One would think that if Islam really were a Religion Of Peace That Has Been Hijacked By A Tiny Minority Of Extremistsâ„¢, this would be a relatively easy process. All one would have to do would be show the prisoners the peaceful aspects of the Qur’an that they had overlooked, and explain to them how Osama bin Laden and the rest had misunderstood Islamic theology. Then their loyalty as Muslims would do the rest.
Why isn’t this happening?
Because, of course, the prevailing dogma that Islam is a Religion Of Peace simply isn’t true. The Qur’an and Sunnah teach warfare against unbelievers. The Muslim chaplains in the prison system in the UK, and the prisoners, know that. So what can the chaplains do?
“Prison is ‘not taming’ Islamist radicals,” by Gail Champion forÂ BBC Radio 4, April 13/JW
And this is not helping, either:
UK ISLAMIC terrorists at a maximum security jail in Britain have handed in their cell TVs because they do not want to watch the ‘distracting’ X Factor. Barenaked has more>>
Government efforts to de-radicalise jailed Islamic extremists are failing, former inmates have told the BBC….The Ministry of Justice said it was working “with a number of third-sector partner organisations” to rehabilitate prisoners.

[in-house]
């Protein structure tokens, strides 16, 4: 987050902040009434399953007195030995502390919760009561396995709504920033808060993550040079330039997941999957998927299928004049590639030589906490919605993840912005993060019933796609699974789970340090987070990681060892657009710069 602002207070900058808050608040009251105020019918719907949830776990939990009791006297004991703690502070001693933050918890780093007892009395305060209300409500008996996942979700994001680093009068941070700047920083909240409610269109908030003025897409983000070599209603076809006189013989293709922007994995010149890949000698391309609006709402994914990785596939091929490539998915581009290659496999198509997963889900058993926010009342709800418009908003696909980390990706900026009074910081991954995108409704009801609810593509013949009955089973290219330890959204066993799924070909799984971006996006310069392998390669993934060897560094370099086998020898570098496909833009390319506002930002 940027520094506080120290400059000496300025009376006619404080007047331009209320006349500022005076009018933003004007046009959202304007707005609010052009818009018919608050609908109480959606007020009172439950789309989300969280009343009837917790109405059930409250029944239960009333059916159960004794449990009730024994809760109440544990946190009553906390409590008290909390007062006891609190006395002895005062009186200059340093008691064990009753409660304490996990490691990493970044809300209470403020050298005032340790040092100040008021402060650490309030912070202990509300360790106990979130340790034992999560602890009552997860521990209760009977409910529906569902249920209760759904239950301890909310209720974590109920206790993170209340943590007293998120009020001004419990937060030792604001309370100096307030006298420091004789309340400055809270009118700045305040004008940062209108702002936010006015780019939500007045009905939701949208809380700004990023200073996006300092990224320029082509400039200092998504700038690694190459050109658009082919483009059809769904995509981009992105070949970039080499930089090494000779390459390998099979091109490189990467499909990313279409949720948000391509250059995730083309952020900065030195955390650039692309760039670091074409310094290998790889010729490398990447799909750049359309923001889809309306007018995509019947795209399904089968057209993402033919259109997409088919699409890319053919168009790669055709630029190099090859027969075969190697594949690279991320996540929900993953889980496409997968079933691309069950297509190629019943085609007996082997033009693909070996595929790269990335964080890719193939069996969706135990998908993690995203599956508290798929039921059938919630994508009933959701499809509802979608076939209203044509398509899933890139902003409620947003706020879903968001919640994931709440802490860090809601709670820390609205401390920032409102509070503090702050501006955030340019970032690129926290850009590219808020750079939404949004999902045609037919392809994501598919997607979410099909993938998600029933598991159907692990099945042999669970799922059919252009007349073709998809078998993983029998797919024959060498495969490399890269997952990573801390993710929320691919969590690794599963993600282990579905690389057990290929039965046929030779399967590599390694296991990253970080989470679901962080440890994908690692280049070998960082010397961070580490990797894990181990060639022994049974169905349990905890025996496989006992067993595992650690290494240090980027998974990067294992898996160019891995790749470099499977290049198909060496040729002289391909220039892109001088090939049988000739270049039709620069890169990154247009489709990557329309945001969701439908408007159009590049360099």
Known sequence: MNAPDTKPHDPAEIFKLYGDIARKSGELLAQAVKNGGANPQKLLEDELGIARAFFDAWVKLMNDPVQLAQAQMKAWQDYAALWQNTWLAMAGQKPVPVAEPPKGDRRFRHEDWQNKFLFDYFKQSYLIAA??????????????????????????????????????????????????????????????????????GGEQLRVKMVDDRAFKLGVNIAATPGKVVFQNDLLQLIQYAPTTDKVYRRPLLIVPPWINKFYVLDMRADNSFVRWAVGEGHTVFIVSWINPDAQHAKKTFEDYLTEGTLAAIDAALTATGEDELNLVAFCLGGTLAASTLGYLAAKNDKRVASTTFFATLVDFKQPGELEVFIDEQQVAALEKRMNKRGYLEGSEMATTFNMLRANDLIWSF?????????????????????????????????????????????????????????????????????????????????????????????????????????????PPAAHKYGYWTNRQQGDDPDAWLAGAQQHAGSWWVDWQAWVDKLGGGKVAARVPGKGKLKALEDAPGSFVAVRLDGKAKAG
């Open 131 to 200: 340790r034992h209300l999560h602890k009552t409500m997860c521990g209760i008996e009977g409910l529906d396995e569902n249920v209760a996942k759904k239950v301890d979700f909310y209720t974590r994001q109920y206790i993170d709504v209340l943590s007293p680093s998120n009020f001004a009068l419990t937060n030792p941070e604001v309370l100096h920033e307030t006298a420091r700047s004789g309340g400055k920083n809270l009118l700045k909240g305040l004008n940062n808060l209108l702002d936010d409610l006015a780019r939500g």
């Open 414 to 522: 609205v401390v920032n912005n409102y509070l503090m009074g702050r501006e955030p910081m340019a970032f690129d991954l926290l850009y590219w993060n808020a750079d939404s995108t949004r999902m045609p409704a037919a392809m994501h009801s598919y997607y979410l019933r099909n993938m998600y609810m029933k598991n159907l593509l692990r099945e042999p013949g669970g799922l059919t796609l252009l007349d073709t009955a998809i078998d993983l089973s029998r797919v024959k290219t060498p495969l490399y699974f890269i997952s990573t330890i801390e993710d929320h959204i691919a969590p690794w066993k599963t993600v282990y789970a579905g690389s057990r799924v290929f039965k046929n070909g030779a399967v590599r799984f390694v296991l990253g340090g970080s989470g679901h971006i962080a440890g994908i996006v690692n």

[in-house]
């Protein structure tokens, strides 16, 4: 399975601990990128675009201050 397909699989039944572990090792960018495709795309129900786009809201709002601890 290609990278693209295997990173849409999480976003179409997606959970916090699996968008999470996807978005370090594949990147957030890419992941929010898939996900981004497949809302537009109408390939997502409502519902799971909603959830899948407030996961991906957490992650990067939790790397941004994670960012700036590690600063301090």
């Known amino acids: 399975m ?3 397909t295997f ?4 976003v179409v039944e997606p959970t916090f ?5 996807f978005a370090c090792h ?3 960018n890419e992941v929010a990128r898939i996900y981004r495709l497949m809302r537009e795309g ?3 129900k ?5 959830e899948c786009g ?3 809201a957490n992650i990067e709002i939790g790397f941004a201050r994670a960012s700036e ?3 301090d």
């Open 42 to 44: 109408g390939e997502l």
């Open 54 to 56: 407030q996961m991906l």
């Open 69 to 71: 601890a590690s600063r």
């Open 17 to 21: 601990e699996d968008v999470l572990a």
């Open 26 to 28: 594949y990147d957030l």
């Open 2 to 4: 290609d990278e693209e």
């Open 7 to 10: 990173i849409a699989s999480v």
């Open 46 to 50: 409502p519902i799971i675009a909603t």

Around 200 extremists have been jailed since the 2005 London bombings and some are now due for release from prison and are returning to their communities….
Shah Jalal Hussain, who also lives in London and spent 18 months in prison after being convicted of raising funds to support terrorism, claimed thatÂ prison imams were viewed with open hostility and as “puppets of the regime”.
“A number of times he [the imam] was even attacked physically. He tried to press charges, but dropped them in the end.Â Prison didn’t change my views at all, in fact it made me stronger in my beliefs,” he said.
‘No easy solution’
The government said Muslim extremists presented a complex profile and there were “no off-the-shelf interventions” which could be used to deal with them.
Instead, “offenders are managed based on individual risk assessments and sentence plans”.
Harry Fletcher of the National Association of Probation Officers (NAPO) said once prisoners were back in the community, traditional risk assessment tools and strategies were proving ineffective….
What a surprise!